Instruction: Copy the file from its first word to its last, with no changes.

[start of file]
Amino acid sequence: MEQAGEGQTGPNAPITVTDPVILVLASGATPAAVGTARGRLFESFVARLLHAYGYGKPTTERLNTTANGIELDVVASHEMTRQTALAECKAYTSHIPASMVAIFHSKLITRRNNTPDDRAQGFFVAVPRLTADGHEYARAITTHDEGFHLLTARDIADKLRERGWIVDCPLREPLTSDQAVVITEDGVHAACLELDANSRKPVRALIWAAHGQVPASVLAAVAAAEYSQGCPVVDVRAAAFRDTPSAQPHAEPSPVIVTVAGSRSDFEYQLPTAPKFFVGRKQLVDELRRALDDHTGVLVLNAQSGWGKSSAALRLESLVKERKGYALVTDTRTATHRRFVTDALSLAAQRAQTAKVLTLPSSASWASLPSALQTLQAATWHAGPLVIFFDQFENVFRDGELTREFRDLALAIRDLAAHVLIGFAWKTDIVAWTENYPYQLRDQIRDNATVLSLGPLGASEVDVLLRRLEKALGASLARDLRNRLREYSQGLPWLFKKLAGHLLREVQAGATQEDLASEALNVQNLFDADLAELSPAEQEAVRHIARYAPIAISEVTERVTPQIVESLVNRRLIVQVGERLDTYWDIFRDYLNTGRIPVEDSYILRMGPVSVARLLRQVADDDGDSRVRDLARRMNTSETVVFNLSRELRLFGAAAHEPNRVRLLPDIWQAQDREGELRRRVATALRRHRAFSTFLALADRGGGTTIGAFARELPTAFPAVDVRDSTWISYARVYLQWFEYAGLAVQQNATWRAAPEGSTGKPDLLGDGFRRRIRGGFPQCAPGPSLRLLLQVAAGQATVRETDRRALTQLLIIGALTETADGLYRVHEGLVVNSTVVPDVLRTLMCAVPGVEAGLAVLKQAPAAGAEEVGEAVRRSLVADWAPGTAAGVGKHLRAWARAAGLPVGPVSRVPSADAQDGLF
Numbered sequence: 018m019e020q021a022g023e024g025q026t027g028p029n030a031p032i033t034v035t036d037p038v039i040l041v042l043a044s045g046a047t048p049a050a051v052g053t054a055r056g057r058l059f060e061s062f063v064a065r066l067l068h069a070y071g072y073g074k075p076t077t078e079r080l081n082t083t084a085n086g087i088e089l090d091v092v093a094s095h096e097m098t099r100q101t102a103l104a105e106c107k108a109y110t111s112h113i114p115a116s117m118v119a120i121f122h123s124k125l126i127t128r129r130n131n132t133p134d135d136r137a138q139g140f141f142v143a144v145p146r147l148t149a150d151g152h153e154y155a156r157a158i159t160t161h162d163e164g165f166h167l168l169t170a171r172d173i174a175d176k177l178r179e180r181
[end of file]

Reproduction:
Amino acid sequence: MEQAGEGQTGPNAPITVTDPVILVLASGATPAAVGTARGRLFESFVARLLHAYGYGKPTTERLNTTANGIELDVVASHEMTRQTALAECKAYTSHIPASMVAIFHSKLITRRNNTPDDRAQGFFVAVPRLTADGHEYARAITTHDEGFHLLTARDIADKLRERGWIVDCPLREPLTSDQAVVITEDGVHAACLELDANSRKPVRALIWAAHGQVPASVLAAVAAAEYSQGCPVVDVRAAAFRDTPSAQPHAEPSPVIVTVAGSRSDFEYQLPTAPKFFVGRKQLVDELRRALDDHTGVLVLNAQSGWGKSSAALRLESLVKERKGYALVTDTRTATHRRFVTDALSLAAQRAQTAKVLTLPSSASWASLPSALQTLQAATWHAGPLVIFFDQFENVFRDGELTREFRDLALAIRDLAAHVLIGFAWKTDIVAWTENYPYQLRDQIRDNATVLSLGPLGASEVDVLLRRLEKALGASLARDLRNRLREYSQGLPWLFKKLAGHLLREVQAGATQEDLASEALNVQNLFDADLAELSPAEQEAVRHIARYAPIAISEVTERVTPQIVESLVNRRLIVQVGERLDTYWDIFRDYLNTGRIPVEDSYILRMGPVSVARLLRQVADDDGDSRVRDLARRMNTSETVVFNLSRELRLFGAAAHEPNRVRLLPDIWQAQDREGELRRRVATALRRHRAFSTFLALADRGGGTTIGAFARELPTAFPAVDVRDSTWISYARVYLQWFEYAGLAVQQNATWRAAPEGSTGKPDLLGDGFRRRIRGGFPQCAPGPSLRLLLQVAAGQATVRETDRRALTQLLIIGALTETADGLYRVHEGLVVNSTVVPDVLRTLMCAVPGVEAGLAVLKQAPAAGAEEVGEAVRRSLVADWAPGTAAGVGKHLRAWARAAGLPVGPVSRVPSADAQDGLF
Numbered sequence: 018m019e020q021a022g023e024g025q026t027g028p029n030a031p032i033t034v035t036d037p038v039i040l041v042l043a044s045g046a047t048p049a050a051v052g053t054a055r056g057r058l059f060e061s062f063v064a065r066l067l068h069a070y071g072y073g074k075p076t077t078e079r080l081n082t083t084a085n086g087i088e089l090d091v092v093a094s095h096e097m098t099r100q101t102a103l104a105e106c107k108a109y110t111s112h113i114p115a116s117m118v119a120i121f122h123s124k125l126i127t128r129r130n131n132t133p134d135d136r137a138q139g140f141f142v143a144v145p146r147l148t149a150d151g152h153e154y155a156r157a158i159t160t161h162d163e164g165f166h167l168l169t170a171r172d173i174a175d176k177l178r179e180r181